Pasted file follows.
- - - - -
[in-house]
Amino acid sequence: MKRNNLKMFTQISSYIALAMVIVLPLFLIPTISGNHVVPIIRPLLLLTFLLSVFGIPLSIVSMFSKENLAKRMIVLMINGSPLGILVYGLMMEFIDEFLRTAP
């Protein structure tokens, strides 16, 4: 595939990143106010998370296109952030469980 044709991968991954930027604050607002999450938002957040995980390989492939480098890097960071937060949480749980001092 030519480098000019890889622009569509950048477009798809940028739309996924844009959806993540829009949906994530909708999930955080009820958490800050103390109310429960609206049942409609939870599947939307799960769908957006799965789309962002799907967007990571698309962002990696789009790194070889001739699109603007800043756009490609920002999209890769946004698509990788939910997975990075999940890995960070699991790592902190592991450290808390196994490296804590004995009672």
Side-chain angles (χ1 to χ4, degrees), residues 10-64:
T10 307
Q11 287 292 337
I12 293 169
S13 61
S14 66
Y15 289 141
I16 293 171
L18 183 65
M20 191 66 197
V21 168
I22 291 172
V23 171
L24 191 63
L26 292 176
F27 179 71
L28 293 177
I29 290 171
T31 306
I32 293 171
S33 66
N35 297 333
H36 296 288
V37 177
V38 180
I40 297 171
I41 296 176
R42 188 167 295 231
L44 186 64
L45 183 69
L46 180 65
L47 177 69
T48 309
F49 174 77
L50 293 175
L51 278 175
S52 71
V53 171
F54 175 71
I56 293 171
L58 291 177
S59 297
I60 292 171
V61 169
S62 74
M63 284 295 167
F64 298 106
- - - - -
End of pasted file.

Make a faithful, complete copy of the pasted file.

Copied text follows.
[in-house]
Amino acid sequence: MKRNNLKMFTQISSYIALAMVIVLPLFLIPTISGNHVVPIIRPLLLLTFLLSVFGIPLSIVSMFSKENLAKRMIVLMINGSPLGILVYGLMMEFIDEFLRTAP
């Protein structure tokens, strides 16, 4: 595939990143106010998370296109952030469980 044709991968991954930027604050607002999450938002957040995980390989492939480098890097960071937060949480749980001092 030519480098000019890889622009569509950048477009798809940028739309996924844009959806993540829009949906994530909708999930955080009820958490800050103390109310429960609206049942409609939870599947939307799960769908957006799965789309962002799907967007990571698309962002990696789009790194070889001739699109603007800043756009490609920002999209890769946004698509990788939910997975990075999940890995960070699991790592902190592991450290808390196994490296804590004995009672």
Side-chain angles (χ1 to χ4, degrees), residues 10-64:
T10 307
Q11 287 292 337
I12 293 169
S13 61
S14 66
Y15 289 141
I16 293 171
L18 183 65
M20 191 66 197
V21 168
I22 291 172
V23 171
L24 191 63
L26 292 176
F27 179 71
L28 293 177
I29 290 171
T31 306
I32 293 171
S33 66
N35 297 333
H36 296 288
V37 177
V38 180
I40 297 171
I41 296 176
R42 188 167 295 231
L44 186 64
L45 183 69
L46 180 65
L47 177 69
T48 309
F49 174 77
L50 293 175
L51 278 175
S52 71
V53 171
F54 175 71
I56 293 171
L58 291 177
S59 297
I60 292 171
V61 169
S62 74
M63 284 295 167
F64 298 106